"The conventional wisdom goes woefully wrong" :roll:

You mean except for all the people it's worked for? If one thing can be gleaned from the people on TLS who have been at the top of their class it's that different things work for different people. I don't know why you are constantly insisting that your way is the right way. I used supplements, ignored facts of cases and still got As.

It's nice that you made a guide, but just say that these are the methods that worked for you. There's no need to say you "disagree violently" with the conventional wisdom on TLS that has helped numerous people and worked just fine for them.

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Re: My Non-Guide to Doing Extremely Well in Law School

Postby helfer snooterbagon » Fri Aug 26, 2011 9:07 am

Kilpatrick wrote:"The conventional wisdom goes woefully wrong" :roll:

You mean except for all the people it's worked for? If one thing can be gleaned from the people on TLS who have been at the top of their class it's that different things work for different people. I don't know why you are constantly insisting that your way is the right way. I used supplements, ignored facts of cases and still got As.

It's nice that you made a guide, but just say that these are the methods that worked for you. There's no need to say you "disagree violently" with the conventional wisdom on TLS that has helped numerous people and worked just fine for them.

Well said. The whole post reeked of a brag rather than a guide.

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Re: My Non-Guide to Doing Extremely Well in Law School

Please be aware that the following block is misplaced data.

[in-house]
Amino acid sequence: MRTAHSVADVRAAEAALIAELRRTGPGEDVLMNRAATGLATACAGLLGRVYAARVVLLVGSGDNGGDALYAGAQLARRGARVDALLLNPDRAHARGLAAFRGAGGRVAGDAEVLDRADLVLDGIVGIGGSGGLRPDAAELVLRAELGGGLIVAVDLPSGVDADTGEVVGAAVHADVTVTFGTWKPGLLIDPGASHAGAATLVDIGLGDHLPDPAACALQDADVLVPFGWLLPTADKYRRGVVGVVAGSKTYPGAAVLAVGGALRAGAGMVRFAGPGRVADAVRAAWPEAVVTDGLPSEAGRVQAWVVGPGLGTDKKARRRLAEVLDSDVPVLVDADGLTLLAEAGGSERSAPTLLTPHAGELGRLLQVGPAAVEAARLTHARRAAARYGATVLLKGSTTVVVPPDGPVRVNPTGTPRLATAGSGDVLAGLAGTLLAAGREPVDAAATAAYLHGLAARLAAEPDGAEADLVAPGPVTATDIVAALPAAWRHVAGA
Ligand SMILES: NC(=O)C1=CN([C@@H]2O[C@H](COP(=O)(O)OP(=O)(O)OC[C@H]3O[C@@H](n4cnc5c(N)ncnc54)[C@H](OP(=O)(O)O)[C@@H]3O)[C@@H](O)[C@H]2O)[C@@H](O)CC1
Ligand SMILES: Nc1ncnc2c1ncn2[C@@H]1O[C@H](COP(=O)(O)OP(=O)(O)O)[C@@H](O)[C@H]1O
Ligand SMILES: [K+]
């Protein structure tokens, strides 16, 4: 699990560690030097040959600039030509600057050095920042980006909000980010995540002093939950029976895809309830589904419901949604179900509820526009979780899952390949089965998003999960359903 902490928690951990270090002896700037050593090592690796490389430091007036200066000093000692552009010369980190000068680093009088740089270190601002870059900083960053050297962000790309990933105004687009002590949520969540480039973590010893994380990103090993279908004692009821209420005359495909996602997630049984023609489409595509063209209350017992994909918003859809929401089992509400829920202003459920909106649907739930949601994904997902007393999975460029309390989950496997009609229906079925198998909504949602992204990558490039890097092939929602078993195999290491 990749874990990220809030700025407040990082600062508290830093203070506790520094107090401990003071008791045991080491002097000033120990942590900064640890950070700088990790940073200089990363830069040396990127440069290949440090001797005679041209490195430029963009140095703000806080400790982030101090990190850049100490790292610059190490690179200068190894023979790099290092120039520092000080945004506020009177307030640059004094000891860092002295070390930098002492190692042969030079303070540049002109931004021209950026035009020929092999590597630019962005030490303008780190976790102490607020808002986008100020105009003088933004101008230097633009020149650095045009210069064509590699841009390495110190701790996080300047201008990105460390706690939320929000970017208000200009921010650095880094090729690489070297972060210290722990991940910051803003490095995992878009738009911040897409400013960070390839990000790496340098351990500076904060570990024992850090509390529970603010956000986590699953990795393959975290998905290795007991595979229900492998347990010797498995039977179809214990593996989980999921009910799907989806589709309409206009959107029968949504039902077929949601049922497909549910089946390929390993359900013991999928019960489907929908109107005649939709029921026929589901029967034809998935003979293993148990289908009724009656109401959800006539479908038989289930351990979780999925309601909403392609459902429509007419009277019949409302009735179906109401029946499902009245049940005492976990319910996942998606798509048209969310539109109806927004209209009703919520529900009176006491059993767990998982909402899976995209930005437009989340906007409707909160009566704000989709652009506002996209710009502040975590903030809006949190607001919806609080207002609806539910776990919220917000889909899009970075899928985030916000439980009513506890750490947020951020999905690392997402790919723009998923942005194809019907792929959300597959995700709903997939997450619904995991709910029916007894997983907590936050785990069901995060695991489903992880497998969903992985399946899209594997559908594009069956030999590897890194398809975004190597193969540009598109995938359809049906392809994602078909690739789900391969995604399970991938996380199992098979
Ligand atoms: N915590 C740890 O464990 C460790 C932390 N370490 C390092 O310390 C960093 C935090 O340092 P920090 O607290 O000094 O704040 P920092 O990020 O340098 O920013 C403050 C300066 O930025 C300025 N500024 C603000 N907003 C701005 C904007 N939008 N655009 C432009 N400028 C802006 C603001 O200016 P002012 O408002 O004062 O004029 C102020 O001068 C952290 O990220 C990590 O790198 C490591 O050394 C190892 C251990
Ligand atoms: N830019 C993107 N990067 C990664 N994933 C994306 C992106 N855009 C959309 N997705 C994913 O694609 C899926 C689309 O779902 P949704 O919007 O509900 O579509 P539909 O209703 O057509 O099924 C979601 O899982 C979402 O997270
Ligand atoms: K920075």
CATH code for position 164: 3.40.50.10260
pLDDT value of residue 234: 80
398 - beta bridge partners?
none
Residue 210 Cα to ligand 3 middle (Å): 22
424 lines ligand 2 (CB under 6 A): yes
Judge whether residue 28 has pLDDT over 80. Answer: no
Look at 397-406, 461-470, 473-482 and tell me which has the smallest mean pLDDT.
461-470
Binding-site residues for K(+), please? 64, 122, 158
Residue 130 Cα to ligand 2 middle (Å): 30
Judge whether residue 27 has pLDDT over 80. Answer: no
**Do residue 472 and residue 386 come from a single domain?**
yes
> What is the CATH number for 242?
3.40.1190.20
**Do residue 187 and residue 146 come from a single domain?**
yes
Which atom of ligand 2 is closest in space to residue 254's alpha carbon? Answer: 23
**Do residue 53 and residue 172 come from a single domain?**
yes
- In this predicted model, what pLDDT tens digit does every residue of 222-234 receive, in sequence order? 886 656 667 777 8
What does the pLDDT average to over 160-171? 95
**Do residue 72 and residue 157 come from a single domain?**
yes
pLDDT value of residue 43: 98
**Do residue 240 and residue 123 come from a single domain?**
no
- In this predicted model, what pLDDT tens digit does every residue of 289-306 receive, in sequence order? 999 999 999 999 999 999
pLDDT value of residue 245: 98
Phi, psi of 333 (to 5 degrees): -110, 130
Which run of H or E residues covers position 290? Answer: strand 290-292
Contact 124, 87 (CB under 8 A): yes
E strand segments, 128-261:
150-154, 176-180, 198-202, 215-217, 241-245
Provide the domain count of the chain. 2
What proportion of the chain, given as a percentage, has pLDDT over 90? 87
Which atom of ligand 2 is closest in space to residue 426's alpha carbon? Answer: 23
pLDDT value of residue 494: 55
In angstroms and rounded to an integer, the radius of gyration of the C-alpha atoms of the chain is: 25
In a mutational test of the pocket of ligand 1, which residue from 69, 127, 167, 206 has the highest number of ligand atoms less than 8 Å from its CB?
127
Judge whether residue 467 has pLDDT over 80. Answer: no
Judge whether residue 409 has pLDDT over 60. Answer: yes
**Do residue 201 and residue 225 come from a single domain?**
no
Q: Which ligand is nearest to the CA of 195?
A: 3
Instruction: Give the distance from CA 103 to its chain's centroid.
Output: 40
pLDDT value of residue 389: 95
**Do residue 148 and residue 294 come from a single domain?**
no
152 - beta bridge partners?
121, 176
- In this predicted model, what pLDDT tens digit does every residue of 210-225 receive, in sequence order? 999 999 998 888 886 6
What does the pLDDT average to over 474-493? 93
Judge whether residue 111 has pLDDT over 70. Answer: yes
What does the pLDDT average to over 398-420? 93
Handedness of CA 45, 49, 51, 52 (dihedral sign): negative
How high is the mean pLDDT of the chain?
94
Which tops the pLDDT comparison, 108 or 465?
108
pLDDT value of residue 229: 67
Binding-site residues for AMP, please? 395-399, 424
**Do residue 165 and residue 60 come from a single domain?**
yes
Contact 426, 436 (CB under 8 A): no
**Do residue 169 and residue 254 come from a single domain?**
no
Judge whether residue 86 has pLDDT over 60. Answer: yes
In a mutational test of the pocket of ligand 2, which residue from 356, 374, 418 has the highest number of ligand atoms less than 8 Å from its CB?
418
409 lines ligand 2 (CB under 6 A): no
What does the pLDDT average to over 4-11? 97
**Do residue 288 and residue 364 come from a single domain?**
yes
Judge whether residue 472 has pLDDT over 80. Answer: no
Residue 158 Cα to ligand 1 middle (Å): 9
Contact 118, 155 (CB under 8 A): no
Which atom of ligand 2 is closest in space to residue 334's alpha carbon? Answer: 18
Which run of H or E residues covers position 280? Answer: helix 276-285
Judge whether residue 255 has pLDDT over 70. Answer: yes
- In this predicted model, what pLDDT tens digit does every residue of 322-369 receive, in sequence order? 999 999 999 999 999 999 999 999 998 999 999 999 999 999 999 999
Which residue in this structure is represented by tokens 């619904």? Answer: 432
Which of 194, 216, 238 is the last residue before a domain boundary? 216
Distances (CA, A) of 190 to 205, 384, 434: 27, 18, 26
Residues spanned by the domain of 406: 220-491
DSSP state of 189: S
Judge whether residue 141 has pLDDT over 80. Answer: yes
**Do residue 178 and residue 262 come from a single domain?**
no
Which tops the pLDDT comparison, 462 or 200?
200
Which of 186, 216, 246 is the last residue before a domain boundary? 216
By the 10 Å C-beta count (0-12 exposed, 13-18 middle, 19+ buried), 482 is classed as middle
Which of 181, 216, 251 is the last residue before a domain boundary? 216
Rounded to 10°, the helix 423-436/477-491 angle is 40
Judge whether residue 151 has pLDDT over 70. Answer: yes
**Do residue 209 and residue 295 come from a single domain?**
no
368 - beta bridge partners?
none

Postby IAFG » Fri Aug 26, 2011 9:13 am

This post has some good advice for some of the things you should keep in mind as you read as a 1L.

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Re: My Non-Guide to Doing Extremely Well in Law School

Postby Borhas » Fri Aug 26, 2011 9:58 am

TL:DR all of it, but first couple paragraphs show that this guy understands legal reasoning

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Re: My Non-Guide to Doing Extremely Well in Law School

Postby denardisgod » Fri Aug 26, 2011 11:13 am

Last edited by denardisgod on Sun Jul 08, 2012 6:32 pm, edited 1 time in total.

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Re: My Non-Guide to Doing Extremely Well in Law School

Postby Transferthrowaway » Fri Aug 26, 2011 11:24 am

Bronx Bum wrote:TL;DR

Hideous flame

You obviously haven't been here long enough to know the legendary Traydeuce

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Re: My Non-Guide to Doing Extremely Well in Law School

Postby SilverE2 » Fri Aug 26, 2011 6:00 pm

dude how bored are you

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Re: My Non-Guide to Doing Extremely Well in Law School

Postby TheFactor » Sat Aug 27, 2011 12:05 pm


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Re: My Non-Guide to Doing Extremely Well in Law School

Postby TatteredDignity » Sat Aug 27, 2011 5:04 pm

Loved all of it. Probably not the best thing to read my first week of 1L, where I'm already prone to over think stuff.

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Re: My Non-Guide to Doing Extremely Well in Law School

Postby target » Sat Aug 27, 2011 6:19 pm

SilverE2 wrote:dude how bored nerdy are you

Your part about details of cases is definitely true. Case law is beautiful in its nuances.

However, there exist a theoretical and a practical approach to success in law school. Your advice is probably good for those at top tier schools where the professors are more of legal "scholar" (see how put quotation marks there). At some lower tier schools, prof only care about the application of black letter law, and some are lazy enough to test students cases they go over in class with little details changed.